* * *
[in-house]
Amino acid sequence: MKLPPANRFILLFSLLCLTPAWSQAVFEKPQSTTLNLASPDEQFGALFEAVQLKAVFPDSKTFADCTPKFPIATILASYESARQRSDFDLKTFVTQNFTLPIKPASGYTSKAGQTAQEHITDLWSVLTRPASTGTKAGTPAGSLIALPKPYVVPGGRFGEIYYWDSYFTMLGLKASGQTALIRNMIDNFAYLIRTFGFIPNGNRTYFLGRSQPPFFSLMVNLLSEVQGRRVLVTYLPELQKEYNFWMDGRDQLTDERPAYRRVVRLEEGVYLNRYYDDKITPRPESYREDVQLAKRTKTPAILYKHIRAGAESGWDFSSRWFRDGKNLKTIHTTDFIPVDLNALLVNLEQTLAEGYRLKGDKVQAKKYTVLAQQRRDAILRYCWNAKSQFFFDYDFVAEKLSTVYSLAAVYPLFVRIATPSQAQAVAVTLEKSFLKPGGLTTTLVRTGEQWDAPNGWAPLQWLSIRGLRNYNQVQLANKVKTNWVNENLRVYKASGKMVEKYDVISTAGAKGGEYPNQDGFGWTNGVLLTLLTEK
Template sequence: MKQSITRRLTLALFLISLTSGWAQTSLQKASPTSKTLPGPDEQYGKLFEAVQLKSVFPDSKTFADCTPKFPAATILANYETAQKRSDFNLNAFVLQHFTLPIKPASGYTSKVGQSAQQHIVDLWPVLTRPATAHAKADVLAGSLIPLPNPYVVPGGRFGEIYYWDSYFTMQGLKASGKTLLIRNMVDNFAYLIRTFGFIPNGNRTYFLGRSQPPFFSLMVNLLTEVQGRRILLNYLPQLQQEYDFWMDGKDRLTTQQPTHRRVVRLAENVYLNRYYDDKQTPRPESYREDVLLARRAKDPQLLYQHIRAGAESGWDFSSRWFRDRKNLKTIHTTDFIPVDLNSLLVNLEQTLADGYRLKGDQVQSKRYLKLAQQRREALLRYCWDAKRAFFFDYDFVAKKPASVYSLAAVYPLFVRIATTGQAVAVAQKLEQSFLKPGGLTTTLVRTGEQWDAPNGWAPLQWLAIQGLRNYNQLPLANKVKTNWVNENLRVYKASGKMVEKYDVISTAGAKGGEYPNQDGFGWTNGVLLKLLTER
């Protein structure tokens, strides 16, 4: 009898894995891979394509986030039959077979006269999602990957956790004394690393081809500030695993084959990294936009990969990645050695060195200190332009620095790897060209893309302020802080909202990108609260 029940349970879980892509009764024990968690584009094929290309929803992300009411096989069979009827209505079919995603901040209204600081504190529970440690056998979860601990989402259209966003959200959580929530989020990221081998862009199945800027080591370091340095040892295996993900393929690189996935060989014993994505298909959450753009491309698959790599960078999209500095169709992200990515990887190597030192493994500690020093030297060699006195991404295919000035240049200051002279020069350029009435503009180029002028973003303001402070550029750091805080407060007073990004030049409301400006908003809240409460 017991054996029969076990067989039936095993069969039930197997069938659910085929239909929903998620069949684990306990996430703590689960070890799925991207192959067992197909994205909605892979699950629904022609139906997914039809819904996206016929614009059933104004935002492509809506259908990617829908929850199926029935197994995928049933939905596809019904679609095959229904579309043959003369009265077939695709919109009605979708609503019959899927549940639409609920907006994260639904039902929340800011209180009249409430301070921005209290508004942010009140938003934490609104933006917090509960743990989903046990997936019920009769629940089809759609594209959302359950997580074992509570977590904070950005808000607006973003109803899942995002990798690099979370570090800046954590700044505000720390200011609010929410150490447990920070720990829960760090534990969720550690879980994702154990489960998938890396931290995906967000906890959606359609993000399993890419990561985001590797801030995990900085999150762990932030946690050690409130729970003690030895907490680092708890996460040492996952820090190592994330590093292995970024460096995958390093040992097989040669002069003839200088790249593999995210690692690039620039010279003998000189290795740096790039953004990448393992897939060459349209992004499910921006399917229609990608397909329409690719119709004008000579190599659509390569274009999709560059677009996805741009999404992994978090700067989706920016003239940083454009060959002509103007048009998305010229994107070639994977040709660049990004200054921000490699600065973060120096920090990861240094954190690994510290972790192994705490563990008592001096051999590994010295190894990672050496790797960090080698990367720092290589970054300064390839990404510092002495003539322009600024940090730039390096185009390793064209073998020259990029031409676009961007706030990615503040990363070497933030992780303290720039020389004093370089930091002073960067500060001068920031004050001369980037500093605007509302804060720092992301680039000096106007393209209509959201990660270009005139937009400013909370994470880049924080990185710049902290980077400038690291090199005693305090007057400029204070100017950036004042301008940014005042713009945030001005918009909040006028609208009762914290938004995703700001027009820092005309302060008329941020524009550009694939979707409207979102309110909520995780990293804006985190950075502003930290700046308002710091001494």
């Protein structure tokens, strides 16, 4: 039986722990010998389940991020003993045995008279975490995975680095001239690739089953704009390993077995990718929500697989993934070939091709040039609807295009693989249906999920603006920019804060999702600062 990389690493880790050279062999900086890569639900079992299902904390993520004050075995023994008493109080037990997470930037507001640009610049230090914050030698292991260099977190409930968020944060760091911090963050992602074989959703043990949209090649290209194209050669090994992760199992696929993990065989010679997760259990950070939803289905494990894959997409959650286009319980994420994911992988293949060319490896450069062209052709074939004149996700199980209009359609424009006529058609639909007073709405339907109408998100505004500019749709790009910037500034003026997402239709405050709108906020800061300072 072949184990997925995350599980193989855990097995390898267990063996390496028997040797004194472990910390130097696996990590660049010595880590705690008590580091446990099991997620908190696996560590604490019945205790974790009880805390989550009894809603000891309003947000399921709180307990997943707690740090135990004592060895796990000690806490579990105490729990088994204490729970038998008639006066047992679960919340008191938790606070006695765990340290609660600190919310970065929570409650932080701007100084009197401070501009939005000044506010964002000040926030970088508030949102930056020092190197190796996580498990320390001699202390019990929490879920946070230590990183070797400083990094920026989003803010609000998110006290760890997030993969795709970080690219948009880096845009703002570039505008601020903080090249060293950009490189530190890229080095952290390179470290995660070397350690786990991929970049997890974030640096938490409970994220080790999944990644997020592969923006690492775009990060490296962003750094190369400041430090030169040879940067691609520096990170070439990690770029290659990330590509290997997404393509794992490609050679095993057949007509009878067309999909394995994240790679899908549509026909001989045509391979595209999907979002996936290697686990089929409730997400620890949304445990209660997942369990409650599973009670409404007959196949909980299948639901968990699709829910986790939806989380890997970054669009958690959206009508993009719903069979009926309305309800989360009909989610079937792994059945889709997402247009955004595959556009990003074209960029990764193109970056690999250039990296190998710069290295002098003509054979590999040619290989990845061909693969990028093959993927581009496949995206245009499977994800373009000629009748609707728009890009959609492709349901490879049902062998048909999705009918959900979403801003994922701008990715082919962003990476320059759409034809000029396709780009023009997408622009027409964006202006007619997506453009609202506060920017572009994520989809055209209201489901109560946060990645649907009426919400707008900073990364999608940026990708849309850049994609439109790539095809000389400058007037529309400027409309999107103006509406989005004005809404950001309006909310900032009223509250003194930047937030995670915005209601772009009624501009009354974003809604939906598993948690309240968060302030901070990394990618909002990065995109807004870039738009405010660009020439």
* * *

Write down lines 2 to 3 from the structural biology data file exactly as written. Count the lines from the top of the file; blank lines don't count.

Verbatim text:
Amino acid sequence: MKLPPANRFILLFSLLCLTPAWSQAVFEKPQSTTLNLASPDEQFGALFEAVQLKAVFPDSKTFADCTPKFPIATILASYESARQRSDFDLKTFVTQNFTLPIKPASGYTSKAGQTAQEHITDLWSVLTRPASTGTKAGTPAGSLIALPKPYVVPGGRFGEIYYWDSYFTMLGLKASGQTALIRNMIDNFAYLIRTFGFIPNGNRTYFLGRSQPPFFSLMVNLLSEVQGRRVLVTYLPELQKEYNFWMDGRDQLTDERPAYRRVVRLEEGVYLNRYYDDKITPRPESYREDVQLAKRTKTPAILYKHIRAGAESGWDFSSRWFRDGKNLKTIHTTDFIPVDLNALLVNLEQTLAEGYRLKGDKVQAKKYTVLAQQRRDAILRYCWNAKSQFFFDYDFVAEKLSTVYSLAAVYPLFVRIATPSQAQAVAVTLEKSFLKPGGLTTTLVRTGEQWDAPNGWAPLQWLSIRGLRNYNQVQLANKVKTNWVNENLRVYKASGKMVEKYDVISTAGAKGGEYPNQDGFGWTNGVLLTLLTEK
Template sequence: MKQSITRRLTLALFLISLTSGWAQTSLQKASPTSKTLPGPDEQYGKLFEAVQLKSVFPDSKTFADCTPKFPAATILANYETAQKRSDFNLNAFVLQHFTLPIKPASGYTSKVGQSAQQHIVDLWPVLTRPATAHAKADVLAGSLIPLPNPYVVPGGRFGEIYYWDSYFTMQGLKASGKTLLIRNMVDNFAYLIRTFGFIPNGNRTYFLGRSQPPFFSLMVNLLTEVQGRRILLNYLPQLQQEYDFWMDGKDRLTTQQPTHRRVVRLAENVYLNRYYDDKQTPRPESYREDVLLARRAKDPQLLYQHIRAGAESGWDFSSRWFRDRKNLKTIHTTDFIPVDLNSLLVNLEQTLADGYRLKGDQVQSKRYLKLAQQRREALLRYCWDAKRAFFFDYDFVAKKPASVYSLAAVYPLFVRIATTGQAVAVAQKLEQSFLKPGGLTTTLVRTGEQWDAPNGWAPLQWLAIQGLRNYNQLPLANKVKTNWVNENLRVYKASGKMVEKYDVISTAGAKGGEYPNQDGFGWTNGVLLKLLTER